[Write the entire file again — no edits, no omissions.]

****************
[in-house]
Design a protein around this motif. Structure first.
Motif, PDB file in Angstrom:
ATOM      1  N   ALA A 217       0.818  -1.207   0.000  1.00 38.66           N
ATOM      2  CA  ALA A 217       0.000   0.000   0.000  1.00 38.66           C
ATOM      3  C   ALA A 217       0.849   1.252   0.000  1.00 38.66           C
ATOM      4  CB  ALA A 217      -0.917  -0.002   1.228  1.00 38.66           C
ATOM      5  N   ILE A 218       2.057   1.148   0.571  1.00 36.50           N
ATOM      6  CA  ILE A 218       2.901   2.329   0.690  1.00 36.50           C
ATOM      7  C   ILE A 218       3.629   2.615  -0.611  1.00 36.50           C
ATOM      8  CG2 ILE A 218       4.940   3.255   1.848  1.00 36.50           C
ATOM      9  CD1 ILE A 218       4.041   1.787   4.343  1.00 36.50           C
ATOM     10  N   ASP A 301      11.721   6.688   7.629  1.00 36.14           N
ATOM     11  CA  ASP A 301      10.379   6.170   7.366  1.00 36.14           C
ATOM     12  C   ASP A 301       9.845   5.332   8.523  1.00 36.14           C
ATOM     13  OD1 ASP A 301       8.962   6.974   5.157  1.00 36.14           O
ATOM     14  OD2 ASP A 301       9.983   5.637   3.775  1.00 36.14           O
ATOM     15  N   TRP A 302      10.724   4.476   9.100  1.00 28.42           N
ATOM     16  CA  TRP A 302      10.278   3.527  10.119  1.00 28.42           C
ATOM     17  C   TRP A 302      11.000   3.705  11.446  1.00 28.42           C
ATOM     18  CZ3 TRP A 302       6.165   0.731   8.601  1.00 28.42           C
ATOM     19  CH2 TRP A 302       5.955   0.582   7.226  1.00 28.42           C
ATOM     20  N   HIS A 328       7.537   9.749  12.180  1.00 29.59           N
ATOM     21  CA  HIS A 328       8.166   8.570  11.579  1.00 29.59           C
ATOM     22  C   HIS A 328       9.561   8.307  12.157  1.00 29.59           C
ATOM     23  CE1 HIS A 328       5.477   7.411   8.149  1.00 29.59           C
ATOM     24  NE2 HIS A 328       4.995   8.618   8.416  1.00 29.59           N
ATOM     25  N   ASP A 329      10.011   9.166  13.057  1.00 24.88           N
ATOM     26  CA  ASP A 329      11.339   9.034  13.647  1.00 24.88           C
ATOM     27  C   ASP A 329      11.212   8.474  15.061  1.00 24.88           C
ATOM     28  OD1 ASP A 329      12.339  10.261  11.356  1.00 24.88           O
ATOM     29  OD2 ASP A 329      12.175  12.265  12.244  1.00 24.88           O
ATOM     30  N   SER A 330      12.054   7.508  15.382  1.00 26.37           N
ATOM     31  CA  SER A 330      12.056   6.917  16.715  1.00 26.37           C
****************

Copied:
[in-house]
Design a protein around this motif. Structure first.
Motif, PDB file in Angstrom:
ATOM      1  N   ALA A 217       0.818  -1.207   0.000  1.00 38.66           N
ATOM      2  CA  ALA A 217       0.000   0.000   0.000  1.00 38.66           C
ATOM      3  C   ALA A 217       0.849   1.252   0.000  1.00 38.66           C
ATOM      4  CB  ALA A 217      -0.917  -0.002   1.228  1.00 38.66           C
ATOM      5  N   ILE A 218       2.057   1.148   0.571  1.00 36.50           N
ATOM      6  CA  ILE A 218       2.901   2.329   0.690  1.00 36.50           C
ATOM      7  C   ILE A 218       3.629   2.615  -0.611  1.00 36.50           C
ATOM      8  CG2 ILE A 218       4.940   3.255   1.848  1.00 36.50           C
ATOM      9  CD1 ILE A 218       4.041   1.787   4.343  1.00 36.50           C
ATOM     10  N   ASP A 301      11.721   6.688   7.629  1.00 36.14           N
ATOM     11  CA  ASP A 301      10.379   6.170   7.366  1.00 36.14           C
ATOM     12  C   ASP A 301       9.845   5.332   8.523  1.00 36.14           C
ATOM     13  OD1 ASP A 301       8.962   6.974   5.157  1.00 36.14           O
ATOM     14  OD2 ASP A 301       9.983   5.637   3.775  1.00 36.14           O
ATOM     15  N   TRP A 302      10.724   4.476   9.100  1.00 28.42           N
ATOM     16  CA  TRP A 302      10.278   3.527  10.119  1.00 28.42           C
ATOM     17  C   TRP A 302      11.000   3.705  11.446  1.00 28.42           C
ATOM     18  CZ3 TRP A 302       6.165   0.731   8.601  1.00 28.42           C
ATOM     19  CH2 TRP A 302       5.955   0.582   7.226  1.00 28.42           C
ATOM     20  N   HIS A 328       7.537   9.749  12.180  1.00 29.59           N
ATOM     21  CA  HIS A 328       8.166   8.570  11.579  1.00 29.59           C
ATOM     22  C   HIS A 328       9.561   8.307  12.157  1.00 29.59           C
ATOM     23  CE1 HIS A 328       5.477   7.411   8.149  1.00 29.59           C
ATOM     24  NE2 HIS A 328       4.995   8.618   8.416  1.00 29.59           N
ATOM     25  N   ASP A 329      10.011   9.166  13.057  1.00 24.88           N
ATOM     26  CA  ASP A 329      11.339   9.034  13.647  1.00 24.88           C
ATOM     27  C   ASP A 329      11.212   8.474  15.061  1.00 24.88           C
ATOM     28  OD1 ASP A 329      12.339  10.261  11.356  1.00 24.88           O
ATOM     29  OD2 ASP A 329      12.175  12.265  12.244  1.00 24.88           O
ATOM     30  N   SER A 330      12.054   7.508  15.382  1.00 26.37           N
ATOM     31  CA  SER A 330      12.056   6.917  16.715  1.00 26.37           C